Table 4: Top primary spinal diagnoses and procedures

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The lumbar spine was the most commonly involved level of injury, accounting for 40% of the levels identified, followed by cervical spine and thoracic spine injuries [Figure 7].
Figure 7: Level of spinal injury

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In terms of operative management, the most common procedures were posterior spinal fusion and anterior cervical discectomy and fusion for traumatic spinal admissions and discectomy, laminectomy, and laminoforaminotomy for nontraumatic spinal admissions [Table 4].

  Discussion Top

Neurosurgical admissions have increased steadily between 2013 and 2018 at PKH, with notable periodicity between the dry (November–January) and rainy (April–May) seasons. This seasonal variability likely reflects the changes in road conditions as well as fewer motorized vehicles on the roads during the rainy season, when poor weather conditions and flooding may be prohibitive for transportation.

Traumatic brain injuries and spine injuries generate most of the neurosurgical admissions and operative procedures at PKH. The relative paucity of elective neurosurgical conditions, such as degenerative spine, tumors, and vascular lesions, may not reflect the true incidence and prevalence of these conditions but rather underdiagnosis due to a lack of familiarity or available resources in treating these conditions. As the neurosurgical expertise and capacity continue to expand with more training and exposure, more elective neurosurgical cases can be identified to receive intervention.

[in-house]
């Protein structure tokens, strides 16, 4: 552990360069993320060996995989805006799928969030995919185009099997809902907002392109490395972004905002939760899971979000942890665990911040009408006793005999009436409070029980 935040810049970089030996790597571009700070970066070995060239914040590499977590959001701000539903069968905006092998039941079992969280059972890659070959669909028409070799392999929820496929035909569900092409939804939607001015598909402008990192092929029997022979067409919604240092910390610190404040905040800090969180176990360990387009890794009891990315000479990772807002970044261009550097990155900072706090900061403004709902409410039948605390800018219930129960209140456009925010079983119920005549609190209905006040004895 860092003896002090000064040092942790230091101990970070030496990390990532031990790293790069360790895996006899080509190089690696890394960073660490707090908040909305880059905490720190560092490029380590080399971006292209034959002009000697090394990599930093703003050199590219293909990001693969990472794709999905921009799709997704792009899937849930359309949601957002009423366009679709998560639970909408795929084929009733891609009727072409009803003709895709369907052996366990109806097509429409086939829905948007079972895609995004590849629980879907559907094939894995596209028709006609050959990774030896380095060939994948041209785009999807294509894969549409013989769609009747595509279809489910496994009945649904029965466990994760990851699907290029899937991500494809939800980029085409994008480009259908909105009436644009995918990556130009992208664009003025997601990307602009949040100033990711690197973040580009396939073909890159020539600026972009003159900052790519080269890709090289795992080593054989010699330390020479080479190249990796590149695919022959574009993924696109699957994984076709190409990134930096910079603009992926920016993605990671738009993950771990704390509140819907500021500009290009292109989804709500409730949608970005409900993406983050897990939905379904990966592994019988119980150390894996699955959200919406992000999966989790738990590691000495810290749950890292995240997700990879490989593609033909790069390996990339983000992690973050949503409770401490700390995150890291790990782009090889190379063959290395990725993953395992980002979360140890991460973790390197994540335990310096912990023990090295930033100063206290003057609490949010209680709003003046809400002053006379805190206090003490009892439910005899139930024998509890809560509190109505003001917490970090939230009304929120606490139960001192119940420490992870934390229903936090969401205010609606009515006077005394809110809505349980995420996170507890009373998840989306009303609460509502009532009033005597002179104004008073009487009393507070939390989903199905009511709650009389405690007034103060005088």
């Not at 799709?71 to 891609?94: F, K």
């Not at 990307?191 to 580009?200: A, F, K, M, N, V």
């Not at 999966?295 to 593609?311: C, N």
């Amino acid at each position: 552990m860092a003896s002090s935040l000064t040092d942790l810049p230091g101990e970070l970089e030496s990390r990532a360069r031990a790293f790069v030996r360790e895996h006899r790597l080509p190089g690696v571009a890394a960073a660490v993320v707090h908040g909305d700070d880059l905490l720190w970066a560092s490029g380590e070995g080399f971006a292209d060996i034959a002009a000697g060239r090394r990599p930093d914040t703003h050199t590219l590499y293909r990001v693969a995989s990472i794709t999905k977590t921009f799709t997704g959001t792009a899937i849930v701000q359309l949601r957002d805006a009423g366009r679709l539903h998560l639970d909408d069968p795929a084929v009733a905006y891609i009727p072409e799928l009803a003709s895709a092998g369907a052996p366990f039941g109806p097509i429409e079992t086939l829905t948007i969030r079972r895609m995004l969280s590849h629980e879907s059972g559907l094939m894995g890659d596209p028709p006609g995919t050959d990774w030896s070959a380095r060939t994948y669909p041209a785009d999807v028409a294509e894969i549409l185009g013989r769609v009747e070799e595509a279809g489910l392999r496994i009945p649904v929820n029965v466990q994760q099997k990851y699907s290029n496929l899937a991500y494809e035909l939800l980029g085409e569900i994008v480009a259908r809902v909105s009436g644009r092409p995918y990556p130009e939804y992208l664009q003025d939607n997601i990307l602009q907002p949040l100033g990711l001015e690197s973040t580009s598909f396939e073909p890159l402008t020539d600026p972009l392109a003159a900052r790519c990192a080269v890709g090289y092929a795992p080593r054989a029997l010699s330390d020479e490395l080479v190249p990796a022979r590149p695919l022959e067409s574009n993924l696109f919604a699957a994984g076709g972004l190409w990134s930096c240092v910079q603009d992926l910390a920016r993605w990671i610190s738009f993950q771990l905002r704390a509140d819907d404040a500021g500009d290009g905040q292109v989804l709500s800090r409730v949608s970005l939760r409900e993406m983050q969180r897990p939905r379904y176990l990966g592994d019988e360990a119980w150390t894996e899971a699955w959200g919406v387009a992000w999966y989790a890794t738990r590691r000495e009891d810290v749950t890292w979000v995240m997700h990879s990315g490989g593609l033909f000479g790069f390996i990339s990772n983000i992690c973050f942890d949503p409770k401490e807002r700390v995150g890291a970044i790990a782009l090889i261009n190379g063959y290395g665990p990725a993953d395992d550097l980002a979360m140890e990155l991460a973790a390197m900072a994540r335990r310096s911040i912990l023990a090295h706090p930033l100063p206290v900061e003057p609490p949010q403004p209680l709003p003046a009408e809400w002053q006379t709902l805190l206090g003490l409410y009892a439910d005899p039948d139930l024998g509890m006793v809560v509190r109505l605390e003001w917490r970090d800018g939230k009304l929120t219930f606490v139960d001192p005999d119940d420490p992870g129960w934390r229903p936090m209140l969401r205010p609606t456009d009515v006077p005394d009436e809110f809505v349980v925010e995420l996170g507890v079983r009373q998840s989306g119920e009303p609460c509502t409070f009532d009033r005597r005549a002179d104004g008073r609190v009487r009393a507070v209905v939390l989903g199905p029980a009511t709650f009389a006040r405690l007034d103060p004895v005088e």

The proportion of men among traumatic brain injuries far outnumbered that among traumatic spinal cases. While there are no published data analyzing the gender discrepancy among Cambodian drivers, it is possible that the ratio of male to female admissions may be skewed due to there being more men traveling on the roads. Estimates from the World Bank's Gender Database from 2016 also demonstrated that Cambodian men make up a higher percentage of the labor force for low, middle, and high-income brackets, compared to women.[7] This gender distribution in economic opportunities, in addition to the greater number of men on the road, may have led to the phenomenon we observed in our study.